Arguing that "covert action and analysis do not belong together in the same agency," a former CIA agent who prepared intelligence briefings for President Reagan in the 1980s says the CIA should be broken in two.

Ray McGovern, who gained attention in recent years after founding the activist group Veteran Intelligence Professionals for Sanity, wrote in an article published Wednesday that the two primary functions the CIA carries out -- gathering intelligence and executing covert operations abroad -- are at odds with each other, and keeping the two functions together harms the US's foreign policy interests.

In an article published at ConsortiumNews, McGovern argued that the CIA's dual missions conflict with one another, as the CIA has to objectively assess the effect of its own missions on foreign policy goals.

Think about it for a minute. You are ordered and given funding to conduct Predator attacks on “suspected al-Qaeda bases” in Pakistan. (U.S. armed forces cannot do it since the Pentagon is not supposed to be striking countries with whom we are not at war.) You salute, find some contractors to help, and conduct those attacks.

The President then asks his CIA morning briefer about the effectiveness of the drone attacks, including the longer-term political as well as military effects. When the briefer checks with the substantive analysts watching Pakistan, he learns that the attacks are very effective — indeed, the very best recruitment tool Osama bin Laden and the Taliban could imagine.

Jihadists are flocking to Pakistan and Afghanistan like moths to a light blub. ... Do you think mealy-mouthed CIA Director Leon Panetta will have the courage to whisper that unwelcome finding to the President?

In his piece, McGovern points out that there was a lot of discussion and concern about the CIA's role during the agency's early years, after it was created by the National Security Act in the late 1940s.

He cites an editorial by former President Harry Truman, published in the Washington Post one month after the JFK assassination, that raised serious concerns about the nature of the CIA, an agency created by a bill signed by Truman in 1948.

"For some time I have been disturbed by the way CIA has been diverted from its original assignment," Truman wrote. "It has become an operational and at times a policy-making arm of the Government. This has led to trouble and may have compounded our difficulties in several explosive areas."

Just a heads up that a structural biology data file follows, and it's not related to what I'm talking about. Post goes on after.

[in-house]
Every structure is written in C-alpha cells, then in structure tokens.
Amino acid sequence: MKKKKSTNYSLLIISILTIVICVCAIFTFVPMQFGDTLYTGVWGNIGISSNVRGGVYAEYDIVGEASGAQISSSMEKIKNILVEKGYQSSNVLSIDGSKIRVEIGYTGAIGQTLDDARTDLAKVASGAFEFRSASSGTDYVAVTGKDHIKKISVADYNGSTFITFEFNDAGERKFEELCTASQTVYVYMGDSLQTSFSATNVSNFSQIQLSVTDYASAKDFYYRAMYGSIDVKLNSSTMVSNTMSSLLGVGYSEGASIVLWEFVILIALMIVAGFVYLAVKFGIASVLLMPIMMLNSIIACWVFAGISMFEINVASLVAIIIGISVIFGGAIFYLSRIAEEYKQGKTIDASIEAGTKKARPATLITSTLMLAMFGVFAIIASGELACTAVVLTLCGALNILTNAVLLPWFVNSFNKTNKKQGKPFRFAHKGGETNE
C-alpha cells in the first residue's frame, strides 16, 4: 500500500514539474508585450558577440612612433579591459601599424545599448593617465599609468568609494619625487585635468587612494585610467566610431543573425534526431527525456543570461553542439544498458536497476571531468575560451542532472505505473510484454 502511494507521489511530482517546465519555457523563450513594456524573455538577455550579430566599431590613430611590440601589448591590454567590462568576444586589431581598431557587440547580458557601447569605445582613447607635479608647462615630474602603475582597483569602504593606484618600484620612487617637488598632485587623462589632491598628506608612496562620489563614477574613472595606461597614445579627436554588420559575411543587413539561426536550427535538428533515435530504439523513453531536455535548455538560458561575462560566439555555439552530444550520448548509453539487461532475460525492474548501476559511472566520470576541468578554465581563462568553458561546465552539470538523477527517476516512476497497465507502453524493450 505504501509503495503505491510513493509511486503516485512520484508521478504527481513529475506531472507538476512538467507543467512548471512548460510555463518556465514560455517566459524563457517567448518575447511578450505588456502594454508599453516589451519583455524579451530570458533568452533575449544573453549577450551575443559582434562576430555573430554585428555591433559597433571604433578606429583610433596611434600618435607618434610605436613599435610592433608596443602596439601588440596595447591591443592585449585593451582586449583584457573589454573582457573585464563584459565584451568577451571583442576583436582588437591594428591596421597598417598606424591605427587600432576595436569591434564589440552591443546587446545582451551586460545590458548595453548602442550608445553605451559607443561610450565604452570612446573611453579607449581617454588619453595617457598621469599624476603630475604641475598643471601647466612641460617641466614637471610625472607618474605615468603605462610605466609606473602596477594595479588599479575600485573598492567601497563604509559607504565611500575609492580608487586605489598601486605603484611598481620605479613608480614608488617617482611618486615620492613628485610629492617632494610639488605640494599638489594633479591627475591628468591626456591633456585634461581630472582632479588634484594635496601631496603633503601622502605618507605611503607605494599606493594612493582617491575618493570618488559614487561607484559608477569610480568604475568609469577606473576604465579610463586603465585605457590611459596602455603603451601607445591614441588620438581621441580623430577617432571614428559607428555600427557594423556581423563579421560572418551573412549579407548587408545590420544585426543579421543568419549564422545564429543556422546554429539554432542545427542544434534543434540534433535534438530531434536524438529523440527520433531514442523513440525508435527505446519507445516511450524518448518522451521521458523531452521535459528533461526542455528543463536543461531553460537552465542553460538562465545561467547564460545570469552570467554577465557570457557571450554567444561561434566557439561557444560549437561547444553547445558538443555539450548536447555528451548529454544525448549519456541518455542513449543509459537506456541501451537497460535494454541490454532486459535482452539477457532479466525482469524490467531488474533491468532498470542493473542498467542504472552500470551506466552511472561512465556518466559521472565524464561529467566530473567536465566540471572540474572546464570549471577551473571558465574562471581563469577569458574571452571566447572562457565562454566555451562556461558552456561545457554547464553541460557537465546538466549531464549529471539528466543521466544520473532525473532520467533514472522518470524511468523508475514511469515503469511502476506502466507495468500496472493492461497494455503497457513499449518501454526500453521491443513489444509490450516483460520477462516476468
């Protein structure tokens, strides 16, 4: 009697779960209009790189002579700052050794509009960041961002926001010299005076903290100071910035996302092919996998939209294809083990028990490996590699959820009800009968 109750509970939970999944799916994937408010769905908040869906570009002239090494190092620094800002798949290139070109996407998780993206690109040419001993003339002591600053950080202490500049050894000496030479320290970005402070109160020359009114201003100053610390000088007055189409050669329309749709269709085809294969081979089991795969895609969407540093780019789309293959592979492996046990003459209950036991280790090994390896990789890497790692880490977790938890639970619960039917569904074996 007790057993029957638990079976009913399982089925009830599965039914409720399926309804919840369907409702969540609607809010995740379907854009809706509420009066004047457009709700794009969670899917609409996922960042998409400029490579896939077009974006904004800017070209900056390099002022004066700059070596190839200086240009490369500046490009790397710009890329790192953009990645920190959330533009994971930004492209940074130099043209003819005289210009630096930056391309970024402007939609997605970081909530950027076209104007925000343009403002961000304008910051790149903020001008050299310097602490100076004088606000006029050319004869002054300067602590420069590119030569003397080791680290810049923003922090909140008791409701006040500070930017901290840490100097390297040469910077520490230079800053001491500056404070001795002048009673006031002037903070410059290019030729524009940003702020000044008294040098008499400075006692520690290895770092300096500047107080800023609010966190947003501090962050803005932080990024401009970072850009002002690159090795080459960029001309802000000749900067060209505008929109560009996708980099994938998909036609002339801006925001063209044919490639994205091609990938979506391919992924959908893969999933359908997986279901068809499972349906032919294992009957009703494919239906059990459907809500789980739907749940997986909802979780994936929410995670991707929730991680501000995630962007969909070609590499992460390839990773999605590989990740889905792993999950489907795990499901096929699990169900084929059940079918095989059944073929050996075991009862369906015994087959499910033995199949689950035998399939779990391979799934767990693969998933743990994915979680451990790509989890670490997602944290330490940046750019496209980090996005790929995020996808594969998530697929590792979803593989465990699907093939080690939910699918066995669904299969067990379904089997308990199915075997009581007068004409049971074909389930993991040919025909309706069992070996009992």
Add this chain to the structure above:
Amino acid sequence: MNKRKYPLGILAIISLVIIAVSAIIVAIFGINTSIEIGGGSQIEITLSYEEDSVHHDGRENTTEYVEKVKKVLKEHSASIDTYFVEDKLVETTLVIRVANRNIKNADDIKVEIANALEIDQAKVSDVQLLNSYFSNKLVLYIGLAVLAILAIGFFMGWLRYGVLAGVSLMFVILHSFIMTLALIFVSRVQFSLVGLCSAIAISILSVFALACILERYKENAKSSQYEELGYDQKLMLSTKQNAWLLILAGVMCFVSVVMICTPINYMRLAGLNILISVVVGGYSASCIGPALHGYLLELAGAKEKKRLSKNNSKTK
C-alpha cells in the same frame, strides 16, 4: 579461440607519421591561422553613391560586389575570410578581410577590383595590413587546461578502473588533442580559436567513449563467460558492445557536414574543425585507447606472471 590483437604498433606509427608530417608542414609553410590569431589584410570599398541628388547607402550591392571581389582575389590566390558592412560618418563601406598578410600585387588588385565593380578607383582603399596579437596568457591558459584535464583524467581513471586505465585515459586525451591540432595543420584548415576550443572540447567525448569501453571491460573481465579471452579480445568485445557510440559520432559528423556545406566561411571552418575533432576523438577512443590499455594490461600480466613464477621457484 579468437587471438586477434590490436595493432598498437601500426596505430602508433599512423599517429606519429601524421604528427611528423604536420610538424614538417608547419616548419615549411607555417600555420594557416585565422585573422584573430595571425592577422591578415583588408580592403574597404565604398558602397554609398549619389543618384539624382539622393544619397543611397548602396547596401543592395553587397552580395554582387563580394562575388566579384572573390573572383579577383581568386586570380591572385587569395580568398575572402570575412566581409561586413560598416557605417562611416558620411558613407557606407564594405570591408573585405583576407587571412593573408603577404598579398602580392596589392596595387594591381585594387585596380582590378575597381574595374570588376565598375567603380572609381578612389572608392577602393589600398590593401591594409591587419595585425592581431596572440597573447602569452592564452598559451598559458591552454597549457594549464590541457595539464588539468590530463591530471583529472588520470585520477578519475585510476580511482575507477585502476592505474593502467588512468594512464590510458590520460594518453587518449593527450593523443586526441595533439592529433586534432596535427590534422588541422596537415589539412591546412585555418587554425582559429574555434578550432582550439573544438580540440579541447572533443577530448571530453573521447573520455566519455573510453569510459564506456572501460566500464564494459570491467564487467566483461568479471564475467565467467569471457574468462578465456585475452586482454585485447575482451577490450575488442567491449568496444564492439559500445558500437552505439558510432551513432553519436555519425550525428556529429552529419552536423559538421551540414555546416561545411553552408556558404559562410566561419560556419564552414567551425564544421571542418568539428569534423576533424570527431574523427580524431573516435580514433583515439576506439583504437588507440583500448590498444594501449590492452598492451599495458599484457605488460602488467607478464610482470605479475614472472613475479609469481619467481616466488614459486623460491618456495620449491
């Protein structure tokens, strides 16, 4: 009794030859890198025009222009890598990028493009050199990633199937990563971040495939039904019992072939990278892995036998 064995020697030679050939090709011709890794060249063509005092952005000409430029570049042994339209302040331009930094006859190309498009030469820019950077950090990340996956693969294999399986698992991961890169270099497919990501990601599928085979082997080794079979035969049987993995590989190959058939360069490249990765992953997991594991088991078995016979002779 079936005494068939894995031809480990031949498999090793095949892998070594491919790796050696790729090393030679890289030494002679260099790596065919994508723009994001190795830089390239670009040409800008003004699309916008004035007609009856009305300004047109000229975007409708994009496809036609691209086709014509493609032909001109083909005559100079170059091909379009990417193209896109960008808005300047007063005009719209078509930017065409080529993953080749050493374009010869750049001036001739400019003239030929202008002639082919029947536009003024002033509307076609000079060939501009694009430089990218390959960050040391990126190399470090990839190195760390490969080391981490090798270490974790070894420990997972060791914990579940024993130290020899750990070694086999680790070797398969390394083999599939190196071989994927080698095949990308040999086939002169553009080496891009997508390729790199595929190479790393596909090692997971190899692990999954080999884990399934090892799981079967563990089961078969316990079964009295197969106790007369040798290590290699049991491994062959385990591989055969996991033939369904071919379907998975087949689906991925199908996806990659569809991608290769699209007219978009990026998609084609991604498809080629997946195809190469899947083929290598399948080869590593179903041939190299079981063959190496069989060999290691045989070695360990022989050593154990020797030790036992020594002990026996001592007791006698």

Truman concluded that "there is something about the way the CIA has been functioning that is casting a shadow over our historic position and I feel that we need to correct it."

McGovern noted that other government officials expressed similar alarm about the agency in its nascent years.

[Truman era] Defense Secretary James Forrestal didn’t want the Pentagon to be responsible for covert action in peacetime.

And, to their credit, neither did senior leaders of the fledgling CIA. They were no neophytes, and could see that covert operations might easily end up tainting the intelligence product if one Director were responsible for the two incompatible activities.

The experience of the past 62 years has showed, time and time again, that their concern was well founded as the covert action side has not only polluted CIA analyses but also expanded into high-tech warfare.

In the early 2000s, McGovern became a harsh critic of the Bush administration's use of intelligence in building the case for an invasion of Iraq. In 2006, he gained media attention when he confronted then-Defense Secretary Donald Rumsfeld during a 2006 speech in Atlanta, asking Rumsfeld, "Why did you lie to get us into a war that was not necessary and that has caused these kinds of casualties?"

McGovern started out with the CIA as an analyst on the Soviet Union and Vietnam. By the 1980s, he was preparing intelligence briefings for President Reagan, a duty he continued for President George H. W. Bush.

Read McGovern's complete article here.